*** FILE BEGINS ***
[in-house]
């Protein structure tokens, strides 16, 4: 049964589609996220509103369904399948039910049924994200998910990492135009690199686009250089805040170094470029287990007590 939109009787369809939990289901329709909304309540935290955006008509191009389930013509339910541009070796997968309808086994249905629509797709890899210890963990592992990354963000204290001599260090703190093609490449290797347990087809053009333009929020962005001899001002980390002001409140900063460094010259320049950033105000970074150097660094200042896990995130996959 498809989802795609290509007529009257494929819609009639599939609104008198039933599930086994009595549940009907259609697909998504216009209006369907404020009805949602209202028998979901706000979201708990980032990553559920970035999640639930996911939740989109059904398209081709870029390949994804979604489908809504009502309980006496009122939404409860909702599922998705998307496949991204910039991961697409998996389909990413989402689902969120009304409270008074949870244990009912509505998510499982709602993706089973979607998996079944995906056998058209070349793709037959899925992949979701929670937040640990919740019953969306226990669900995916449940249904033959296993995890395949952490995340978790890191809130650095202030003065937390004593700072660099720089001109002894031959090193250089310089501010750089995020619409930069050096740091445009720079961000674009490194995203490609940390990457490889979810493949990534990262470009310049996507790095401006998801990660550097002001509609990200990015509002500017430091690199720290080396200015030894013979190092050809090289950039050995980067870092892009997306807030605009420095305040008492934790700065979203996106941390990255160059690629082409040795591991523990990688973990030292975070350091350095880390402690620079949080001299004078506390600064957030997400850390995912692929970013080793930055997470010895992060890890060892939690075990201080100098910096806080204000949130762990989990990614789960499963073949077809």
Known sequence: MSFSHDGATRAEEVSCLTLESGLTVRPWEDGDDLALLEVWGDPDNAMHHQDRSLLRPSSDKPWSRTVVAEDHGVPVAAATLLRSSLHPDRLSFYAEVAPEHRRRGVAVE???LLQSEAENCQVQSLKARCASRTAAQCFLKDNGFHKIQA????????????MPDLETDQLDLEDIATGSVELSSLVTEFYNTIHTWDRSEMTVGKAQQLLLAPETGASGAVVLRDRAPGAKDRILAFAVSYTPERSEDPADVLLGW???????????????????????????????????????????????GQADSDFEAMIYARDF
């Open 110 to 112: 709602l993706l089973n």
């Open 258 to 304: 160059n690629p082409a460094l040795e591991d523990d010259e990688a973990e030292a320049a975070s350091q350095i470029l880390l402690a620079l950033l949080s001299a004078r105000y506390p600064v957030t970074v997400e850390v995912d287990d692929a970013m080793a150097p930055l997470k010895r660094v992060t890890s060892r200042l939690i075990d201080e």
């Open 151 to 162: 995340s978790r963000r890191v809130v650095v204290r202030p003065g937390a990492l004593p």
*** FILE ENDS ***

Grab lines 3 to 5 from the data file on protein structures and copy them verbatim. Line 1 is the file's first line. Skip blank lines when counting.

Known sequence: MSFSHDGATRAEEVSCLTLESGLTVRPWEDGDDLALLEVWGDPDNAMHHQDRSLLRPSSDKPWSRTVVAEDHGVPVAAATLLRSSLHPDRLSFYAEVAPEHRRRGVAVE???LLQSEAENCQVQSLKARCASRTAAQCFLKDNGFHKIQA????????????MPDLETDQLDLEDIATGSVELSSLVTEFYNTIHTWDRSEMTVGKAQQLLLAPETGASGAVVLRDRAPGAKDRILAFAVSYTPERSEDPADVLLGW???????????????????????????????????????????????GQADSDFEAMIYARDF
């Open 110 to 112: 709602l993706l089973n």
């Open 258 to 304: 160059n690629p082409a460094l040795e591991d523990d010259e990688a973990e030292a320049a975070s350091q350095i470029l880390l402690a620079l950033l949080s001299a004078r105000y506390p600064v957030t970074v997400e850390v995912d287990d692929a970013m080793a150097p930055l997470k010895r660094v992060t890890s060892r200042l939690i075990d201080e």